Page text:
To kick-start National Nursing Week and highlight the province’s announcement to introduce another 14 nurse practitioner-led clinics in Ontario, Premier Dalton McGuinty dropped in on a group of nursing students at York University Monday, May 10, wrote the North York Mirror May 11.
In a room set up like a hospital or clinic, McGuinty went from bed to bed chatting with students practising different medical procedures before sitting down for a round-table discussion with undergraduate nursing students and graduate students in the nurse practitioner program.
The government announced Monday it is accepting applications to create 14 more nurse practitioner-led clinics, with a goal of having 25 such clinics by 2012. The first 11 clinics are scheduled to begin opening this month.
Meanwhile, students shared their stories about why they are studying nursing.
“Nursing chose me,” said Crystal Van Leeuwen, who decided on her career while holding a girl infected with HIV during a trip to a Thailand clinic.
Deana Ruddell-Thomson said she was a retail manager in Walkerton when the tainted water tragedy struck a decade ago. “I felt helpless watching friends and family becoming ill and I didn’t have any power,” she said.
Thomas McCormick said he will be working on a placement in Toronto before heading to northern Ontario to help more remote communities.
Several international students told McGuinty how thrilled they were to be able to study nursing in Ontario. The premier told the students that they have chosen an important career.
Newfoundland rejects calls for major change to oil industry regulator
Newfoundland and Labrador’s natural resources minister is rejecting calls for the overhaul of the agency that regulates the province’s offshore oil industry, even as the United States moves to distance its regulator from the companies it oversees, wrote The Globe and Mail May 12.
Scientists and environmentalists argue that the Canada-Newfoundland and Labrador Offshore Petroleum Board (CNLOPB) suffers the same conflicts of interest that have afflicted the US regulator.
“The regulator has all this expertise for developing and promoting oil and gas but also is mandated to protect the environment,” said Gail Fraser, a professor of ecology and biology in York’s Faculty of Environmental Studies who is studying Canada’s offshore regulations. “I think there’s more than a conflict of interest.”
Fraser said the board lacks transparency on industry waste and spills into the ocean, and is too cozy with industry, running land sales as well as regulating offshore drilling.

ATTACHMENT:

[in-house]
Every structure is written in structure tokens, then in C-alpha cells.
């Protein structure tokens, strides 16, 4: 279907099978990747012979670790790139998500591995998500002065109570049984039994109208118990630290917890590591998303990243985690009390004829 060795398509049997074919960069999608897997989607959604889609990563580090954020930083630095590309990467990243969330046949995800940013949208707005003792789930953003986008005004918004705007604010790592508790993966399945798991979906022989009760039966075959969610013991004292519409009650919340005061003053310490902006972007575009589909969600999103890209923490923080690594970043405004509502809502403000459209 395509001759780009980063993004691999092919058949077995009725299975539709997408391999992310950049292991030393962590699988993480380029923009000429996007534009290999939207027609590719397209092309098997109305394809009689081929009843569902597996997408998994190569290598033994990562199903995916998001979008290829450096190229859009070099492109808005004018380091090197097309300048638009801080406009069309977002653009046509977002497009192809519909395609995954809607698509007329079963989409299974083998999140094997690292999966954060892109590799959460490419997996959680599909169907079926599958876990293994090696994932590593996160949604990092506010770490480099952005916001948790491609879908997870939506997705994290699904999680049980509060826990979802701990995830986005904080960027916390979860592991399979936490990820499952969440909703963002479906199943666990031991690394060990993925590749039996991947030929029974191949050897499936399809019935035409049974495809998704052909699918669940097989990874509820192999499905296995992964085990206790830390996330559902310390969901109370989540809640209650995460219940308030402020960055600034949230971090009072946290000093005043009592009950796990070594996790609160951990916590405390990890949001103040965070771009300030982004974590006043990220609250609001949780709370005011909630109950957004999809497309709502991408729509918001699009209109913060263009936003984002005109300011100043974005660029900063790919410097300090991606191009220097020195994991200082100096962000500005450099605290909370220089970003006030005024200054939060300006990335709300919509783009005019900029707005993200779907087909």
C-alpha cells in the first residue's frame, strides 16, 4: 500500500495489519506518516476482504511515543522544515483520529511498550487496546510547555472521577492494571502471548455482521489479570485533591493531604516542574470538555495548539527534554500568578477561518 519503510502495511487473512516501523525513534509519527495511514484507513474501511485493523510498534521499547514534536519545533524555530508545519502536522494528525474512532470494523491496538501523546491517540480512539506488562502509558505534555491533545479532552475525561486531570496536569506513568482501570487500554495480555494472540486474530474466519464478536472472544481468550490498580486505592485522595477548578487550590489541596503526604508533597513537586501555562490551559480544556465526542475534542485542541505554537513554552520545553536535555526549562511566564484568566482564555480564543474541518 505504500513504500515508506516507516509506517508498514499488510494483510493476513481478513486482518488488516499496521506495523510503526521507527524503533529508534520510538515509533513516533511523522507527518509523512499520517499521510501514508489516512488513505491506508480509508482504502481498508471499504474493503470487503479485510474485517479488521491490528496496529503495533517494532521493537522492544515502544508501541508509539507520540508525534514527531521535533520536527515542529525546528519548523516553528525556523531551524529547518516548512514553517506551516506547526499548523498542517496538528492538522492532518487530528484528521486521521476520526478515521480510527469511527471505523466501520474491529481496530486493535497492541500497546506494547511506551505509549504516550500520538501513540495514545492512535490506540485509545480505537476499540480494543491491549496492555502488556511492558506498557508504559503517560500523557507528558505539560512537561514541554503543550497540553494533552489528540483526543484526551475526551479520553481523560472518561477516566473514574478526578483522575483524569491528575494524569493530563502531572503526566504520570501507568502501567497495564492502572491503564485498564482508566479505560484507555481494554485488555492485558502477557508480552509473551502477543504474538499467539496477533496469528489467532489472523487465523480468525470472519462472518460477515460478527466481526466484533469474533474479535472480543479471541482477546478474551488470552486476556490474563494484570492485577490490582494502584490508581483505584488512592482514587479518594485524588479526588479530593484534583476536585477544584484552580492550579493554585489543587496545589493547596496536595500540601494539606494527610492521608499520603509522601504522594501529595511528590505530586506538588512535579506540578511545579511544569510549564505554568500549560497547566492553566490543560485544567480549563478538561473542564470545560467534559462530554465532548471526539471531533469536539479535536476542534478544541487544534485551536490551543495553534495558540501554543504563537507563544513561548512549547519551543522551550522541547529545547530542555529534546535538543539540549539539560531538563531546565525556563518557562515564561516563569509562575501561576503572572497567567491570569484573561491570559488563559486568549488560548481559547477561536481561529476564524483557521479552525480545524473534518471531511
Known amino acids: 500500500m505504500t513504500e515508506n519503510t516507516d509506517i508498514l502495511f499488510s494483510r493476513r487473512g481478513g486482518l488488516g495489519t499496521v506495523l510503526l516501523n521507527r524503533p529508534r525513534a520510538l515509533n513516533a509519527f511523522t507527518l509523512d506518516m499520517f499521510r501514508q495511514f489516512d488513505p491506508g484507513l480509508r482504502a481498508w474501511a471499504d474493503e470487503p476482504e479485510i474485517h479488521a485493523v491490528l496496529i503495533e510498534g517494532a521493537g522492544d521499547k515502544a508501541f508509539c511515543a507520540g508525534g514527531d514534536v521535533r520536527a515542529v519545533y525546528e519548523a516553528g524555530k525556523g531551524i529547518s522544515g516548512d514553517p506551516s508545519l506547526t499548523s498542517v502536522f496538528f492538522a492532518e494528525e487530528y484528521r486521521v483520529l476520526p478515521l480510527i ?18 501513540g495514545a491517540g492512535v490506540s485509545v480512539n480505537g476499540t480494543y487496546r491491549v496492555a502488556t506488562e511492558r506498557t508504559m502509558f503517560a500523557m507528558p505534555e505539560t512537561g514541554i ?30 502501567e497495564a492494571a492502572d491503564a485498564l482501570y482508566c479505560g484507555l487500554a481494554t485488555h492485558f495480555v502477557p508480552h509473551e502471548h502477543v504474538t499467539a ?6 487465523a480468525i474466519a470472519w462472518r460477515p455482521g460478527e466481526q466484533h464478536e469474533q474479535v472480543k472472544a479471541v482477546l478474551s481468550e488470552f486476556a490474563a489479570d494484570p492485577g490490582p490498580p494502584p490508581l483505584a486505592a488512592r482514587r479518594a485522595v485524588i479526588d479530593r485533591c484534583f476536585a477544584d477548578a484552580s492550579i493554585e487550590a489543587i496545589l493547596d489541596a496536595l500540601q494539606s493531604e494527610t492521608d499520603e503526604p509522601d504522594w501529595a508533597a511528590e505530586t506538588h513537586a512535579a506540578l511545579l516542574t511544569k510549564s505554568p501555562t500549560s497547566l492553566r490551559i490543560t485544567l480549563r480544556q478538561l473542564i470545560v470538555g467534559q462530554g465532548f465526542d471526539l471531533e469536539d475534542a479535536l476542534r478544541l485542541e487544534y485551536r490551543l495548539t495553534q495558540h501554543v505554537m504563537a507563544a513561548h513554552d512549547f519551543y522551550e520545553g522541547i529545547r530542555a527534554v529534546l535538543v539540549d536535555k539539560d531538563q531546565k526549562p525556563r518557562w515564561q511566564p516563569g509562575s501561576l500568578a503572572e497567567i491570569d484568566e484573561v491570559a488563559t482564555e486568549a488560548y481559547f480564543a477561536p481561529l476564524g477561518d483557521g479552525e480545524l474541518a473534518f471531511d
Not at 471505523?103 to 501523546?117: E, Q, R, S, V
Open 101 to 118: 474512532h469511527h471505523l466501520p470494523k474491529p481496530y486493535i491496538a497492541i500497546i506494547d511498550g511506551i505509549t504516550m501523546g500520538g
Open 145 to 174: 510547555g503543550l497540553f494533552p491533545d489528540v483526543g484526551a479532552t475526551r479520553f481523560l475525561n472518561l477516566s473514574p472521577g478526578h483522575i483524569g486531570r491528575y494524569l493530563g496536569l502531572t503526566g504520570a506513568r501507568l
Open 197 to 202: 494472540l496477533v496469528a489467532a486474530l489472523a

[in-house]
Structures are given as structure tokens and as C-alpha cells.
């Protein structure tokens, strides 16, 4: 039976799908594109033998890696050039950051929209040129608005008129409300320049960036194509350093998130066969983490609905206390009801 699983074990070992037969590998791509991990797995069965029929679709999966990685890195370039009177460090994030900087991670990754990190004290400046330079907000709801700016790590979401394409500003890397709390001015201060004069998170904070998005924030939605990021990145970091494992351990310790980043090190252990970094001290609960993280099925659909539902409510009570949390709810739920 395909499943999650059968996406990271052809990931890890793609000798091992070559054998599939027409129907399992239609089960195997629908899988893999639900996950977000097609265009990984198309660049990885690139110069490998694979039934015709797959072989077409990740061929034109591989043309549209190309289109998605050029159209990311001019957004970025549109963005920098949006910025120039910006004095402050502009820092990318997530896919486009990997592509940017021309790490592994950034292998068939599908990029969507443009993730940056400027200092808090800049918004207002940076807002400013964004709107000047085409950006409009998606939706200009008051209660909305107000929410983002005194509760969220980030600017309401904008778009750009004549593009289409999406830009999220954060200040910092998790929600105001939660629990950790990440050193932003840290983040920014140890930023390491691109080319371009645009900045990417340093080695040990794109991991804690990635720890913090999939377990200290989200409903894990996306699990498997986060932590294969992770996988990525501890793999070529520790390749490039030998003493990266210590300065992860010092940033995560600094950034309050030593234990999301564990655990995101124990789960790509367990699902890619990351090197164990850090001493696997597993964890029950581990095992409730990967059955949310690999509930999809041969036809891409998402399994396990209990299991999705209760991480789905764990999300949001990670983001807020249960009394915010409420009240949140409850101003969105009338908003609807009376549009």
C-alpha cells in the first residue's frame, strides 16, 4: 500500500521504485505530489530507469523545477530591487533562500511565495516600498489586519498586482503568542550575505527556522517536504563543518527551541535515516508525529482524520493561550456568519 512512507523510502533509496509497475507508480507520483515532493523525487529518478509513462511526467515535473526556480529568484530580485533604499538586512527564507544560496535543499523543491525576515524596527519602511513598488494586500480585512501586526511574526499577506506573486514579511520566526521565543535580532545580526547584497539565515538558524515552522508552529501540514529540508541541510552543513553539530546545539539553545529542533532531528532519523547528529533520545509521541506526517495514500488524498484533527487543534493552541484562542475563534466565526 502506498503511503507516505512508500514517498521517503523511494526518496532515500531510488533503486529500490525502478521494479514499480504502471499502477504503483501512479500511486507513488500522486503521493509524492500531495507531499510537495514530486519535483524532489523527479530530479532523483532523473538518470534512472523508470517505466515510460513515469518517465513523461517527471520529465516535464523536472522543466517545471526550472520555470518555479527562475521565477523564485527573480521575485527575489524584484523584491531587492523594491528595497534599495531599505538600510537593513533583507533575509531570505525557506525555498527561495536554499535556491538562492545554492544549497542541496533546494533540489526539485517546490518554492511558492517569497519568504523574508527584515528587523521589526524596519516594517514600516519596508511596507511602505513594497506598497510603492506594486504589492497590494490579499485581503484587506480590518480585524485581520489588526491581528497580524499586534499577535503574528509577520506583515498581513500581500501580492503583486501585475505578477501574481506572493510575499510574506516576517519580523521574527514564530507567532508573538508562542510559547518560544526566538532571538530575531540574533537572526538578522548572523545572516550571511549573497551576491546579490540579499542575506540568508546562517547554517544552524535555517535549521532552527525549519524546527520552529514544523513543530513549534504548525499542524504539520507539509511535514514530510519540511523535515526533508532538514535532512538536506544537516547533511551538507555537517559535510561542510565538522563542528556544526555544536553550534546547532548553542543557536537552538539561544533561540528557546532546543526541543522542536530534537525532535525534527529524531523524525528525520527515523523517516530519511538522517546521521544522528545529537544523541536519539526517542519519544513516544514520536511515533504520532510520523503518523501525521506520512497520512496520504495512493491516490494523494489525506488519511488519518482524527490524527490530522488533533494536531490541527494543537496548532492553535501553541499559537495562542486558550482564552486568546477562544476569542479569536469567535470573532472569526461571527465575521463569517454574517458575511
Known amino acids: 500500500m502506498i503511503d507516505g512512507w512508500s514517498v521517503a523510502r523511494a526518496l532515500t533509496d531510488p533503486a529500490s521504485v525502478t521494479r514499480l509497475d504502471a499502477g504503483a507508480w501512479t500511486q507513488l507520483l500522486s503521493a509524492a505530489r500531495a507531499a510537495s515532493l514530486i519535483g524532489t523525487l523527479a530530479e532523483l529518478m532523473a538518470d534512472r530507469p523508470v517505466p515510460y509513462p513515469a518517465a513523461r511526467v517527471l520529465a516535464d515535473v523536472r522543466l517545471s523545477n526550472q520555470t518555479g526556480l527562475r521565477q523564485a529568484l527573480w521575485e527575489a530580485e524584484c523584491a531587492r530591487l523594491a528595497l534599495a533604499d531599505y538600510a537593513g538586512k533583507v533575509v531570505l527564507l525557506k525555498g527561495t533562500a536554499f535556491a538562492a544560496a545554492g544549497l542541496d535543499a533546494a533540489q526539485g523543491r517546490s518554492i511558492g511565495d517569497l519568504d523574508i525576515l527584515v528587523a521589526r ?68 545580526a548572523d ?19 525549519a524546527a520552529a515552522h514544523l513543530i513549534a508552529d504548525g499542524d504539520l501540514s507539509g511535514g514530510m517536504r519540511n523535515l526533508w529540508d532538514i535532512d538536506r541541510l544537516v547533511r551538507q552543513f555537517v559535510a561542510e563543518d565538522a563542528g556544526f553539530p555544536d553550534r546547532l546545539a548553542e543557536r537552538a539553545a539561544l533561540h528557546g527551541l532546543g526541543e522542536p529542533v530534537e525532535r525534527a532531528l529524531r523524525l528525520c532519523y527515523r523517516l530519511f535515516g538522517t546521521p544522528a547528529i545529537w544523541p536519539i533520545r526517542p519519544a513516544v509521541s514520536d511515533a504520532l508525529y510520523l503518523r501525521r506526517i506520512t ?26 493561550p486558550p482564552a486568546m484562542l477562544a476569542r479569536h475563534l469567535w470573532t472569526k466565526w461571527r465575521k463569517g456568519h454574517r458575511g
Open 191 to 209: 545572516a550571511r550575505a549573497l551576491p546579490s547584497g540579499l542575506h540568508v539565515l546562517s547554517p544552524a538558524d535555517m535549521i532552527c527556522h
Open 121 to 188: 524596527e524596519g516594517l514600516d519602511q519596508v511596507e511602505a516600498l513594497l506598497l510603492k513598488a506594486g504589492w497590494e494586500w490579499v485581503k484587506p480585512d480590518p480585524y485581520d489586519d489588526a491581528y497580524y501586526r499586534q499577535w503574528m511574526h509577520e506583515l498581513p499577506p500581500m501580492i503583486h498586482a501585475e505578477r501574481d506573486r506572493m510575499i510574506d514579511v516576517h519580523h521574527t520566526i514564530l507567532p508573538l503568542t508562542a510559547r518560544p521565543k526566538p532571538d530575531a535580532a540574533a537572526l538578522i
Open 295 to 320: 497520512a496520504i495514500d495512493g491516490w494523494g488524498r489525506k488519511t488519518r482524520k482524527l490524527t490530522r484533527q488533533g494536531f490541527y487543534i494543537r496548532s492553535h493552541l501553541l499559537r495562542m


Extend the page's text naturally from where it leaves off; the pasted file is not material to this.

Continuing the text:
Food store targets the growing ranks of ethnic shoppers
The battle over okra and karela is just heating up, wrote The Globe and Mail May 12.
Sobeys Inc., angling for a bigger share of the discount grocery market, is taking aim at Loblaw Cos. Ltd. with a store format called FreshCo, which will focus on fresh foods, while catering to budget-conscious multicultural customers.
If successful, FreshCo will give Sobeys an important weapon in the increasingly crowded battle for the ethnic grocery shopper. That segment is being hotly contested as retailers attempt to take advantage of a massive change in Canadian demographics. By 2031, one in three Canadians will belong to a visible minority – and one in four will be foreign-born, according to Statistics Canada.
“It’s a bold move,” said Alan Middleton, professor of marketing at the Schulich School of Business at York University. “Now they have got to deliver on being lower cost.”
Schulich grad to run for mayor in Midland
Councillor Gordon McKay (MBA ’88) ended speculation about his political plans Monday by announcing he will be a candidate for mayor of Midland, wrote the Midland Free Press May 12.
McKay’s challenging of Mayor Jim Downer means voters in all four North Simcoe municipalities will be going to the polls Oct. 25 in election contests for a local mayor.
McKay, who earned an MBA in international business at the Schulich School of Business at York University, has worked in banking, was a principal with the auditing firm KPMG and a general manager with the Ontario Research Foundation. He operated two of his own companies before moving to Midland.
The executive MBA: the perfect fit
All executive MBA programs in Canada allow students to learn directly from business professionals with ample experience in their chosen field and in the global business environment, wrote Canadian Business Review May 11.
The experience gained with the EMBA programs may allow students to land a high-paying leadership position after graduation. Graduates of the EMBA program at York University’s Schulich School of Business have a reputation for securing high-paying jobs after graduation due to extensive training and networking opportunities that prepare them for leadership roles in global business.
Some Canadian universities work closely with other universities abroad to enrich the global study experiences of their students. The EMBA program at York University works in conjunction with the Kellogg School of Management at Northwestern University in Illinois, offering weeklong residency periods at each campus.
- Joe Baker, professor in York’s School of Kinesiology & Health Science in the Faculty of Health, spoke about a study into how size of community affects athletes’ success at becoming elite players, on CBC Radio May 11.
- Marcel Martel, Avie Bennett Historica Chair in Canadian History in York’s Faculty of Liberal Arts & Professional Studies, spoke about the 50th anniversary of the pill, on TFO’s “Panorama” May 11.